Detective novel by Agatha Christie
. It was the first novel she wrote and the one where that Belgian detective of hers
was introduced. Or was he French?
You know who I mean- that funny little man
with the egg-shaped head and the ridiculous moustache.
Written (and set) during World War One
but first published in 1920.
The novel is narrated in first person by Lieteunant Hastings, who, returning invalided from World War I, is invited by his childhood friend John Cavendish at the family manor, Styles Court. On his arrival there, he meets John’s stepmother Emily, a generous but difficult woman
who has recently married Alfred Inglethorp, a man much younger than her
. Hastings also meets John’s beautiful but enigmatic wife, Mary Cavendish, his nervous brother, Lawrence Cavendish, the mysterious Doctor Bauerstein, Mrs Inglethorp's companion Evelyn Howard, and her young protégé Cynthia Murdoch.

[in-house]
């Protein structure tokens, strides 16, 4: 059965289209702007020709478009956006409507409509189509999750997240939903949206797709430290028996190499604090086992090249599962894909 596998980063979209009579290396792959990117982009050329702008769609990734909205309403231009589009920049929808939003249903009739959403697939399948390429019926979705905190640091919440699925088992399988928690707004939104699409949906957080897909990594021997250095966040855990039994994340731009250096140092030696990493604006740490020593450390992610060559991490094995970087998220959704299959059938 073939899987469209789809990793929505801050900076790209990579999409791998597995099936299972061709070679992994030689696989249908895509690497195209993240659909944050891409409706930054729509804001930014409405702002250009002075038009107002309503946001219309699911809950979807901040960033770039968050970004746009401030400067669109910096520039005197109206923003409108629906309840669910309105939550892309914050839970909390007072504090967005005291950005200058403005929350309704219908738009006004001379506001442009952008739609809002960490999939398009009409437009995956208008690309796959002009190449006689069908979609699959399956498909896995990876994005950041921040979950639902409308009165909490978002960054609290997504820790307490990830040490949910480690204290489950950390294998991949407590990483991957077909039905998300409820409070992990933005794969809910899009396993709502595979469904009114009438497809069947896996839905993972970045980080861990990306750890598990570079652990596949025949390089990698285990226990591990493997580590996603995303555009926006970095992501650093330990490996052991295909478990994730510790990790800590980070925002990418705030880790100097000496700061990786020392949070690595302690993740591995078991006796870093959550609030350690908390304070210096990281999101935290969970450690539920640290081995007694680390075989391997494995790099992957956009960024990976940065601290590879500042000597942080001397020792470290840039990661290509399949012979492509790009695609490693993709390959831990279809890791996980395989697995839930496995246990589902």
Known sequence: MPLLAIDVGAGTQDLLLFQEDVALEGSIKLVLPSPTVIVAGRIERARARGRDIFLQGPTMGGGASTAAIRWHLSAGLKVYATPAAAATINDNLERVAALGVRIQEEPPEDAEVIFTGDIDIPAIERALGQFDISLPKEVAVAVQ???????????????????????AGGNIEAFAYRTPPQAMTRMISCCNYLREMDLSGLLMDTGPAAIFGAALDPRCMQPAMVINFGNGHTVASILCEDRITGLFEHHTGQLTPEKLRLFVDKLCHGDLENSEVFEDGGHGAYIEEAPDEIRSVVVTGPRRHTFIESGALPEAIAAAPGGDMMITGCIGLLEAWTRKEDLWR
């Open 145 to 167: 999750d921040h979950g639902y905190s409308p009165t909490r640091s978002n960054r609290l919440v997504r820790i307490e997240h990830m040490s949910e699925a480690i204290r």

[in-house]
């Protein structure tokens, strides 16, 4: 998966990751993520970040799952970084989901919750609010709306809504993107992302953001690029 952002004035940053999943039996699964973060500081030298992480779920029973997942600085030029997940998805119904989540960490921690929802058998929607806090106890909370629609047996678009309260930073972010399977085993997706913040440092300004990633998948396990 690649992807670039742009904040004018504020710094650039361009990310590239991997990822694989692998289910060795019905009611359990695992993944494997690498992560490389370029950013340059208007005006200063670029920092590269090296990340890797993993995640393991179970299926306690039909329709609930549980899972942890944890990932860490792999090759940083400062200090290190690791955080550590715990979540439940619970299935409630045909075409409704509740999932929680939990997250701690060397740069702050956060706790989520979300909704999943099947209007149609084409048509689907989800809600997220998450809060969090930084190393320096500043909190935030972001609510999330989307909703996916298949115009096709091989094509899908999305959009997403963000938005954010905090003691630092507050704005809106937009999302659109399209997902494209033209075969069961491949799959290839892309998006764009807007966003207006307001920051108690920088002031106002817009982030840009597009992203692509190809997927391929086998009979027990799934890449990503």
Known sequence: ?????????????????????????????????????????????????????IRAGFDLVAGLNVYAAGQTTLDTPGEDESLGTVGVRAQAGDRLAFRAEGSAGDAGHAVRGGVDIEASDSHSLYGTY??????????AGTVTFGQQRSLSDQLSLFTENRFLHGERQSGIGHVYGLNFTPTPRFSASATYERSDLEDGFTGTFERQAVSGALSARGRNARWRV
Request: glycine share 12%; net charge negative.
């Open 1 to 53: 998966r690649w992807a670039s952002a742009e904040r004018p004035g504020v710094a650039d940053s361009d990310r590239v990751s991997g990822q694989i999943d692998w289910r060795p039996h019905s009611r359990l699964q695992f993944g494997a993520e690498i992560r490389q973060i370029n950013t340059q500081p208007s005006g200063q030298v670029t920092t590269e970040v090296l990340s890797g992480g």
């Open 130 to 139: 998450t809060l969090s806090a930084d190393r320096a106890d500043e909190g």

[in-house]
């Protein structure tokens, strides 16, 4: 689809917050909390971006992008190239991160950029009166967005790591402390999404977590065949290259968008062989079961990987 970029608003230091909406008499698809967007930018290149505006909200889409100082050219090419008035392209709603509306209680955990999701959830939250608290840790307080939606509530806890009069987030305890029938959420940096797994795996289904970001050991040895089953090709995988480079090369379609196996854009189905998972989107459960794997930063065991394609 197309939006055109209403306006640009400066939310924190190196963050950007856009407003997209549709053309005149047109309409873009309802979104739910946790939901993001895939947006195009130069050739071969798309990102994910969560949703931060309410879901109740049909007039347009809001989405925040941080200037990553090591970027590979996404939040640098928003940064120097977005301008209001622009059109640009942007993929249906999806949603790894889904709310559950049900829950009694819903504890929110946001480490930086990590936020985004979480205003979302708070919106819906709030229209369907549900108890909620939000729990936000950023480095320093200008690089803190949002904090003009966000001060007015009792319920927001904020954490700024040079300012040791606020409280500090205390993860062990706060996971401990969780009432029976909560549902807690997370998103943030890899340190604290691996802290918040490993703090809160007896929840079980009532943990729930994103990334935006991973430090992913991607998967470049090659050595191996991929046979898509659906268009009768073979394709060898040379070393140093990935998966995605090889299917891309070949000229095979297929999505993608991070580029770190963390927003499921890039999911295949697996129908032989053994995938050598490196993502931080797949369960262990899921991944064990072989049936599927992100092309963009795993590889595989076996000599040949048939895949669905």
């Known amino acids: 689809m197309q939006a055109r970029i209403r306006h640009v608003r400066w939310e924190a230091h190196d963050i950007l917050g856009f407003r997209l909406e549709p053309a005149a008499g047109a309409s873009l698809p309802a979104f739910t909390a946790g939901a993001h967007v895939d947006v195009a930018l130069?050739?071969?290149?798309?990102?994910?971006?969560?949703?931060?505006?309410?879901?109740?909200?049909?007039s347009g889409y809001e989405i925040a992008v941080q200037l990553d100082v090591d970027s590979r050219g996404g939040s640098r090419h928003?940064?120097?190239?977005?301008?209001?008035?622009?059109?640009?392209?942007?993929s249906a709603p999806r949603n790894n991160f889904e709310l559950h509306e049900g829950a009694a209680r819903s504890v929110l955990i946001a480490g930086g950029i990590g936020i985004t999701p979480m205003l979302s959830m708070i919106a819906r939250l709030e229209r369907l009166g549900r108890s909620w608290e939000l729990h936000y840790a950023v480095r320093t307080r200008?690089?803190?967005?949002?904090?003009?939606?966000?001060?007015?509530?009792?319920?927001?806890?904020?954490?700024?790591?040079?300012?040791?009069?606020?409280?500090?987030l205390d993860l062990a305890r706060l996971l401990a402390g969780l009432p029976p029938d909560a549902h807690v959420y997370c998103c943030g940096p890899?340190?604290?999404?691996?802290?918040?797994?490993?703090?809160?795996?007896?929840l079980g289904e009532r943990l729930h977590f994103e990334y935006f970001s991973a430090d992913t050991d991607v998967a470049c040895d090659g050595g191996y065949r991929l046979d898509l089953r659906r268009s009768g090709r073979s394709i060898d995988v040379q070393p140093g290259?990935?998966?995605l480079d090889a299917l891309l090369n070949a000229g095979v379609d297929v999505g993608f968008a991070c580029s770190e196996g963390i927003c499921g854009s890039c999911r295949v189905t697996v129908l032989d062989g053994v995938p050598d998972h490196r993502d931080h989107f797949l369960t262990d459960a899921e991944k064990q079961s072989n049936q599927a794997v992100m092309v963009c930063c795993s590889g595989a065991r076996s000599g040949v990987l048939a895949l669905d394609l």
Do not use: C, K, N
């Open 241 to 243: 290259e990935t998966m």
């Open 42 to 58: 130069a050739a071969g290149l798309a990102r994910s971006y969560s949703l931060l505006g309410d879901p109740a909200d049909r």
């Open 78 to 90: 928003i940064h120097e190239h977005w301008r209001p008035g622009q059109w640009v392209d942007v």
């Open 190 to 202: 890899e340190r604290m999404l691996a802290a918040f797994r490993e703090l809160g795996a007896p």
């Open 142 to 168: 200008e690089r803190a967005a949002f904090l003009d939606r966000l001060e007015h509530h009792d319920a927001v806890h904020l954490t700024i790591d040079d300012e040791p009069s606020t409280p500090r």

Poirot is introduced as a retired Belgian detective and an old friend of Hastings’s. He is a war refugee staying at a village near Styles Court and meets Hastings coincidentally. When Mrs Inglethorp dies, displaying symptoms alarmingly like those of strychnine poisoning, Poirot is asked and agrees to investigate the case.
The novel is absolutely Fair Play Whodunit
; if anything, it has an overabundance of clues (as well as an overabundance of red herrings
) which would not be seen in Christie’s later works.
A review from the Pharmaceutical Journal
, which applauded “this detective story for dealing with poisons in a knowledgeable way, and not with the nonsense about untraceable substances that so often happens” was Christie’s personal favorite.
The novel has been adapted by ITV as part of the Agatha Christie’s Poirot
series starring David Suchet as Poirot, and by BBC Radio Four with John Moffat as Poirot.
Christie had dedicated the book to her mother.
This work of fiction contains examples of: